For just the second time all year the Bucs wound up winning the turnover margin at plus-two, and the nine points the 49ers scored were the fewest given up all year – thanks to a dominant effort from Tampa Bay’s defensive line.

“Look, today the defensive line dominated that game from the start to the finish,” Curry said. “Everybody played well.”

STATEMENT 2: Santos Claus Delivering Early Presents
The Buccaneers kicker carousel has stopped on Cairo Santos, the replacement for Chandler Catanzaro this year, who was the replacement for Patrick Murray, who was the replacement last year for Nick Folk last year, who was the replacement for Roberto Aguayo the year before … you get the idea.

And judging by Santos’ kicks thus far in Tampa Bay, the kicker carousel might stop on him permanently, which would be a great thing for the Bucs and for Licht, who has struggled to find a reliable kicker since he took over the franchise in 2014.

Bucs K Cairo Santos - Photo by: Cliff Welch/PR
Bucs K Cairo Santos – Photo by: Cliff Welch/PR

Santos got off to good start in New York last week, making all five of his first extra points against the Giants. He continued that trend on Sunday against San Francisco making all of his kicks once again, including both of his first field goal attempts – from 41 yards and 39 yards – in red and pewter as well as all three extra points.

Christmas is still a month away, but Santos has been the early gift that keeps on giving to a team and a fan base that has seen nothing but Grinch-like missed kicks over and over again from naughty kickers year after year in Tampa Bay.

2 PROBING QUESTIONS

QUESTION 1: Can Winston Continue This Style Of Play?
I hope so. This is the type of quarterback play that Jameis Winston is capable of playing. Football games typically come down to a handful of plays – four or five plays – that really decide the outcome. Winston has shown the desire to want to make more than that many plays, and too often his greediness has resulted in costly turnovers.

A great case in point was his first start of the season in a 34-29 loss at Atlanta where he threw for 395 yards while completing 73.2 percent of his passes with four touchdowns and two interceptions. The difference in that game was Tampa Bay’s minus turnover margin, which came from Winston’s interceptions.

On Sunday against San Francisco, Winston was very efficient, completing 29-of-38 passes for 312 yards with two touchdowns, no turnovers and a QB rating of 117.4. Instead of trying to do too much and make seven or eight big plays and risk interceptions or fumbles, Winston wisely made just a handful – and it was enough for a victory that snapped a four-game losing streak.

Bucs QB Jameis Winston - Photo by: Cliff Welch/PR
Bucs QB Jameis Winston – Photo by: Cliff Welch/PR

“Jameis, he played quarterback the way you really need to play it in the NFL until you get into desperation time, which we never did today,” Bucs head coach Dirk Koetter said. “Jameis wasn’t perfect, but he played a damn good game. [I’m] proud of him, it’s been a difficult road. He sees what that looks like. He needs to consistently play like that and he can be one of the best.”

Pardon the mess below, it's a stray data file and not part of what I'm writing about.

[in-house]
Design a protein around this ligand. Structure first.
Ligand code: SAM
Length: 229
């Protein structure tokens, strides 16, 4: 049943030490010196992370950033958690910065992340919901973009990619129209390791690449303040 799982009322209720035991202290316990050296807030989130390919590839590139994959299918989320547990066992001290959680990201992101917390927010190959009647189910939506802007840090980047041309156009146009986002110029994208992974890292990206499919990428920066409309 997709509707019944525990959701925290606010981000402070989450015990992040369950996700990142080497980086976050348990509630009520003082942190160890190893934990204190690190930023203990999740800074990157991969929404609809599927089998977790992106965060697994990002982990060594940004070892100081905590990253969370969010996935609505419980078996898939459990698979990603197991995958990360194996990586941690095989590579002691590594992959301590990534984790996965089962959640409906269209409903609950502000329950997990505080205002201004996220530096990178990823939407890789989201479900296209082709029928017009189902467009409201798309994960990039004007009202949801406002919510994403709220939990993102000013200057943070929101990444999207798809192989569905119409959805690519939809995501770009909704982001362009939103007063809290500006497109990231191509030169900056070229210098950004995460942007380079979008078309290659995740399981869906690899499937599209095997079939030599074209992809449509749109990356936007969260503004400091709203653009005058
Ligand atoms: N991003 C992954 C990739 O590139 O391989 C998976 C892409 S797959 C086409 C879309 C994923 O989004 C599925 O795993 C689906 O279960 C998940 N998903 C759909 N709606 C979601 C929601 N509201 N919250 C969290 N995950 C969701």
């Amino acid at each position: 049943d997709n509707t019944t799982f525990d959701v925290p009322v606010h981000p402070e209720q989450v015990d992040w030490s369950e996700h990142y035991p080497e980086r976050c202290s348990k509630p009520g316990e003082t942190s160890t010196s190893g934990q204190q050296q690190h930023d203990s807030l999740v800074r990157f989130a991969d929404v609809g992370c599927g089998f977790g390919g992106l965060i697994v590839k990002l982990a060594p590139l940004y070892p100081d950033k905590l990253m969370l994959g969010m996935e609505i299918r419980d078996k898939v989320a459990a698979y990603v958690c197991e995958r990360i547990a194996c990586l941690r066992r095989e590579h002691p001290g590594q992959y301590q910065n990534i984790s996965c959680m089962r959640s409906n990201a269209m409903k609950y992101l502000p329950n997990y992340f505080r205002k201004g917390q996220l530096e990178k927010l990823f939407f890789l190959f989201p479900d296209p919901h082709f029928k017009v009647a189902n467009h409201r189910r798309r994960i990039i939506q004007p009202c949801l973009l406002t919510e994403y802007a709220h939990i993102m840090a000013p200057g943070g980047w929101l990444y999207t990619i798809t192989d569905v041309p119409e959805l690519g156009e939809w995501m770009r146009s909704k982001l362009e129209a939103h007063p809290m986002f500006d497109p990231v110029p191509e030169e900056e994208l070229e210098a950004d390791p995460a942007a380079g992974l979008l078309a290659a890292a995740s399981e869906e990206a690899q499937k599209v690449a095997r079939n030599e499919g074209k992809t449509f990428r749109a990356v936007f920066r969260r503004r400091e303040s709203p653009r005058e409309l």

Winston hit Mike Evans, who eclipsed the 1,000-yard mark and finished with 116 yards, on a 42-yard pass to set up Tampa Bay’s first touchdown. A few plays later, Winston rolled to his right and found tight end Cameron Brate in the end zone for the score.

Winston also made plays with his feet, and scrambled for 24 yards on seven carries, including a 15-yard run to pick up a first down. In the second half, Winston looked like he was going to pick up yardage with his legs again as he scrambled out of the pocket to his right, but spotted wide receiver Adam Humphries open in the middle of the field.

While the cardinal rule for quarterbacks is not to throw late across your body across the middle of the field, Humphries was wide open and it was a safe, smart play. Humphries took the pass and ran 28 yards into the end zone for a score that put the game away in the fourth quarter.

“He was wide open and it was a decisive decision,” Winston said. “When you’re decisive with the ball, there is no thinking about it – just trust your instincts, make the throw and he made some good YAC (yards after catch) so I’m happy he did that for me. … I felt I was very decisive. But it’s one game, we have to keep on keeping on.”

Winston did a fine job moving the chains against the 49ers as the Bucs rolled up 412 yards and 25 first downs while completing 7-of-13 (54 percent) third downs. Next up is a much more challenging defense with Carolina that will test Winston’s patience and play-making ability.

QUESTION 2: Does This Bucs Defense Look Familiar To You?